Too often whitetail deer hunting success depends largely upon the hunting area selected. This is unfortunate, for not every hunter can afford to travel to areas where the hunting opportunity is best. If he could, there would be no need for this book, which is designed to improve the hunter’s chances of success in the less favorable covers as well as others.
The highest success ratio, which often ranges up to fifty percent, is found in Texas. This, of course, does not necessarily mean that Texas has more deer to the acre than New Jersey, but it does indicate that there are more deer per hunter or that they are more readily bagged.
Main occasionally turns in a score that hovers around forty percent, and in some of the lake states, such as Michigan, Wisconsin, and Minnesota, one hunter out of every three may get his deer in good years.
The general average, however, is much lower, even though many states have some sections which provide exceptional hunting. The most prevalent average, in what might be termed “good” deer states, is one in ten.
During the past few years the general success ratio, taking in all the states where deer hunting is permitted, has shown a slight increase. This is an indication that deer are more plentiful but is partly the result of liberalized hunting regulations.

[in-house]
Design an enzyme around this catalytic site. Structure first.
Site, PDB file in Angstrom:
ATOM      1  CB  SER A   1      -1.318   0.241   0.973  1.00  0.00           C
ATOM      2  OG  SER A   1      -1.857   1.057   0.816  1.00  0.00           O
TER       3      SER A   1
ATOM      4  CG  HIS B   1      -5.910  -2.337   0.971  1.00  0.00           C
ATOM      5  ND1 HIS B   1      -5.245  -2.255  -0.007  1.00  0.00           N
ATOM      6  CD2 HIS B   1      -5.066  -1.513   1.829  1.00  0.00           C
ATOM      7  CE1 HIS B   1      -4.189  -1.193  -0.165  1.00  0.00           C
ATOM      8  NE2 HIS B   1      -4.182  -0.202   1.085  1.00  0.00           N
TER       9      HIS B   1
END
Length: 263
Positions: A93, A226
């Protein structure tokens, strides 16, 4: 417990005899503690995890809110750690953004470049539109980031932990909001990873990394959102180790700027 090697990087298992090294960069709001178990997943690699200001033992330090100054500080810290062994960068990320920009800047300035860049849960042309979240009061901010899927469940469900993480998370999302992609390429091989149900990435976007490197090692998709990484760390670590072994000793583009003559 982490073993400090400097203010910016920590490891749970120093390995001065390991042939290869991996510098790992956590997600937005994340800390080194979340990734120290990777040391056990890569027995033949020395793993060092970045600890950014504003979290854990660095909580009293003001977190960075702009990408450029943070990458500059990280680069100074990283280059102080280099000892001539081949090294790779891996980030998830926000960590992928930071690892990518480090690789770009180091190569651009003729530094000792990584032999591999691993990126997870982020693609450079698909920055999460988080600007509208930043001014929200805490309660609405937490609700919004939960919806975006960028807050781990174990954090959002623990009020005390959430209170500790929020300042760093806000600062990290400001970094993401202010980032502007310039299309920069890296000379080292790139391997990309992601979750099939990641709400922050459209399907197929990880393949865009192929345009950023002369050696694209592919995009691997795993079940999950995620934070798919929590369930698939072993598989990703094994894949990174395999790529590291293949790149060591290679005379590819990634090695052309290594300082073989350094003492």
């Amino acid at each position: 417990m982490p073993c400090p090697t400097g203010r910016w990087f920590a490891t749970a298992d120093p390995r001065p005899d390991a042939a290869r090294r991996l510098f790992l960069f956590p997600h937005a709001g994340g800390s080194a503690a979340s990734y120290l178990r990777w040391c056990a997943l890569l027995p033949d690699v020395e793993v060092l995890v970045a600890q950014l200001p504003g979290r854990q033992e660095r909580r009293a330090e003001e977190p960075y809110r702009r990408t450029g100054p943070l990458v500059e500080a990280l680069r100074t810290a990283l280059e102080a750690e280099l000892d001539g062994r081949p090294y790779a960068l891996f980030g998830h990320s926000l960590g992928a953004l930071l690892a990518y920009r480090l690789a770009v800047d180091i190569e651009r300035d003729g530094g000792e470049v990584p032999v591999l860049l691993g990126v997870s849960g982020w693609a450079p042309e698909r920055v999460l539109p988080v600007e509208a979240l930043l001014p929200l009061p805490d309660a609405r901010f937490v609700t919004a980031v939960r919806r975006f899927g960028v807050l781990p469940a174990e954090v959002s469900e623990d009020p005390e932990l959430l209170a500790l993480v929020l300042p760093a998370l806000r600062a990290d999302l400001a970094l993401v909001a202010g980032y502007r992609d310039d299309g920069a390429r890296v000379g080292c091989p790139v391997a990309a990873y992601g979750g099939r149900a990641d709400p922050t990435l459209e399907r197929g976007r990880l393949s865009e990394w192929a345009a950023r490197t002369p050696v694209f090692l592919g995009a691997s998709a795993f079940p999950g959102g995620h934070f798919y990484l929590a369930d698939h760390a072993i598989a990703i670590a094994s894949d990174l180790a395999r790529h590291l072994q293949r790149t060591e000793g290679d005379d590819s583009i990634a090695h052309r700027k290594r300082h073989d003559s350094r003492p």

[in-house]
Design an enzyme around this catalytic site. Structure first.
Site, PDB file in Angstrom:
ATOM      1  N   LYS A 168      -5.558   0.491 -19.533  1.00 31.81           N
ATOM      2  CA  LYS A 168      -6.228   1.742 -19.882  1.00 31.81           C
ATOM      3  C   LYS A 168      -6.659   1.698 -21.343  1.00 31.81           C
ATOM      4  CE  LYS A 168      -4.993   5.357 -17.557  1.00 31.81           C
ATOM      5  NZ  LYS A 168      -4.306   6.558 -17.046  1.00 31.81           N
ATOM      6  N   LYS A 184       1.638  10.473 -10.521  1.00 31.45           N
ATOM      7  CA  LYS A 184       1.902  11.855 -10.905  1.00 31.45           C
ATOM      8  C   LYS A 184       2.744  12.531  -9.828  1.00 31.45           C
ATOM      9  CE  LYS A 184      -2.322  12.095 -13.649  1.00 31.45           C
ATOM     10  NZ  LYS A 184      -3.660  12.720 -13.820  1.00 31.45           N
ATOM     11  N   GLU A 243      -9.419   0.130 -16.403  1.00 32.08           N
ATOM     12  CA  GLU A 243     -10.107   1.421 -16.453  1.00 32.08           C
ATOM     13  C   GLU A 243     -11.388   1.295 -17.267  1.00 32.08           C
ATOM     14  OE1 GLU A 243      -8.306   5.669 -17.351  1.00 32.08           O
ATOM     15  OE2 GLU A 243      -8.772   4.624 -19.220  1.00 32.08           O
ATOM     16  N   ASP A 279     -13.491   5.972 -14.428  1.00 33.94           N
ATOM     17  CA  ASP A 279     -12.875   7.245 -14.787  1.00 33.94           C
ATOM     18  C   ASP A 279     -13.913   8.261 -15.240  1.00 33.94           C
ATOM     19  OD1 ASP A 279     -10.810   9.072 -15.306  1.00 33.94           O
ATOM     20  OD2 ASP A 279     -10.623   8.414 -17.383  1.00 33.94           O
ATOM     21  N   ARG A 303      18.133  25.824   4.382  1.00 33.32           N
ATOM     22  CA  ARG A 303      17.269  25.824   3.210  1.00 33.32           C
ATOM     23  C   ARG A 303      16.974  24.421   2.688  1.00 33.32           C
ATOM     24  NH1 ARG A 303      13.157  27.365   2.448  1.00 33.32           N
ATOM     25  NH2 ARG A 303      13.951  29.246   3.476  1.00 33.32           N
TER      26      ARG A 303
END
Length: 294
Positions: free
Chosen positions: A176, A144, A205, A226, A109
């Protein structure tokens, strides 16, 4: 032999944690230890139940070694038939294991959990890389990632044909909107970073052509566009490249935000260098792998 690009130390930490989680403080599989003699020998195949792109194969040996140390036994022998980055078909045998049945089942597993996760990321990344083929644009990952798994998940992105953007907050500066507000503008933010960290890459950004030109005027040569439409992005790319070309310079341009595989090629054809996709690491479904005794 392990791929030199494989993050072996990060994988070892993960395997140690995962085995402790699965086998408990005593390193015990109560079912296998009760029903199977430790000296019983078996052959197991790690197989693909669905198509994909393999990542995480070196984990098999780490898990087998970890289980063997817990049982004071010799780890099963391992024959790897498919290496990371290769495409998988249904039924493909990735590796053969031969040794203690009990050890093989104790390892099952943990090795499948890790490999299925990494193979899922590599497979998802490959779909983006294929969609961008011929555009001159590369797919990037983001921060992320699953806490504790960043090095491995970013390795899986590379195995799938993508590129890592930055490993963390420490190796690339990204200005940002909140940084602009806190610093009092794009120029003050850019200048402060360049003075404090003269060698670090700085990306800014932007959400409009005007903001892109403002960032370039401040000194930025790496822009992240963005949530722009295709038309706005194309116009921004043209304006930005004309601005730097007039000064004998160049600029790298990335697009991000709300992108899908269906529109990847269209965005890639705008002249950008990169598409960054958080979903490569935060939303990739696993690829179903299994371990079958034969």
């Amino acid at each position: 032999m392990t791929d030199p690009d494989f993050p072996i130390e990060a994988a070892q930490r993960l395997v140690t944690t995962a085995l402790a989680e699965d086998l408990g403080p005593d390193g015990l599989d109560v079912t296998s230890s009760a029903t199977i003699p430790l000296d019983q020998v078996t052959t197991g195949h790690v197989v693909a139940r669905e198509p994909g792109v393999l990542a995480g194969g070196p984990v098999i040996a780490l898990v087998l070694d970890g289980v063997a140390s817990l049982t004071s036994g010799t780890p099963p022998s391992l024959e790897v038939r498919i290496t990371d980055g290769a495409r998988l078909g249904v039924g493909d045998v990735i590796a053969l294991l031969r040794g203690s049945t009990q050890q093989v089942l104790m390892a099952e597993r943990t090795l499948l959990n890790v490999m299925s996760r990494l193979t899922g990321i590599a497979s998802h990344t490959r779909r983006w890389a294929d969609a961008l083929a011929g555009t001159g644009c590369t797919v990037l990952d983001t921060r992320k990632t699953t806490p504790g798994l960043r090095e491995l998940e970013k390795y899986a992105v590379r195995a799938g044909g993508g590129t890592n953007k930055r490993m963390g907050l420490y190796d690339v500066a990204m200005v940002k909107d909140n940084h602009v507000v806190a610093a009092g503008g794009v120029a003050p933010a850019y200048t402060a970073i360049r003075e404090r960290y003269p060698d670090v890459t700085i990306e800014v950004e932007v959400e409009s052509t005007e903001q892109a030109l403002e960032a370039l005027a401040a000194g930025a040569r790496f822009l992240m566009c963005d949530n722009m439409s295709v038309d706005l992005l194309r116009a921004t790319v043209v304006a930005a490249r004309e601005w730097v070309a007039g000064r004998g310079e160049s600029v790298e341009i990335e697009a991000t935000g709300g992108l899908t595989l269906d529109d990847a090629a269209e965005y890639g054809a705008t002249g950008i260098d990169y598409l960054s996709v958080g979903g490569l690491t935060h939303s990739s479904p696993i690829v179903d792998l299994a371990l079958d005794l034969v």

The excuse that there just are not enough deer to go around—that too many hunters are competing for the available supply is hardly in keeping with the facts.
Rarely does the annual kill exceed twenty percent of the total deer herd of any large area, and in most of the major hunting states the kill averages around nine percent. Actually, the range is from five to thirteen percent in the majority of all the deer hunting states.
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Most of our game birds and animals yield a far greater kill in proportion to their numbers than the whitetail, which is not surprising when you consider the overall picture. What many sportsmen cannot seem to realize is that the deer herd in most areas would be vastly improved if a greater harvest were taken.
It has been established, quite definitely, that it is biologically sound to harvest from twenty to twenty-five percent of any regional herd, and the herd actually would benefit through this reduction.
The low success ratio can be attributed to a number of definite but unrelated factors. Among these are unsound restrictive regulations, coupled with two characteristics of the average individual deer hunter. First, he is not sufficiently versed in hunting skill. Secondly, he is not a sufficiently good marksman.
Here are the areas for hunting whitetail deer with success:
The percentage of “good” deer hunters, as determined by consistent success, is very small. Despite their interest in and devotion to the sport, the majority do not have the time, training or aptitude to develop into capable woodsmen and skilled marksmen.
Unquestionably a large percentage of the unsuccessful hunters fail because they have not been instructed on what to do and what not to do.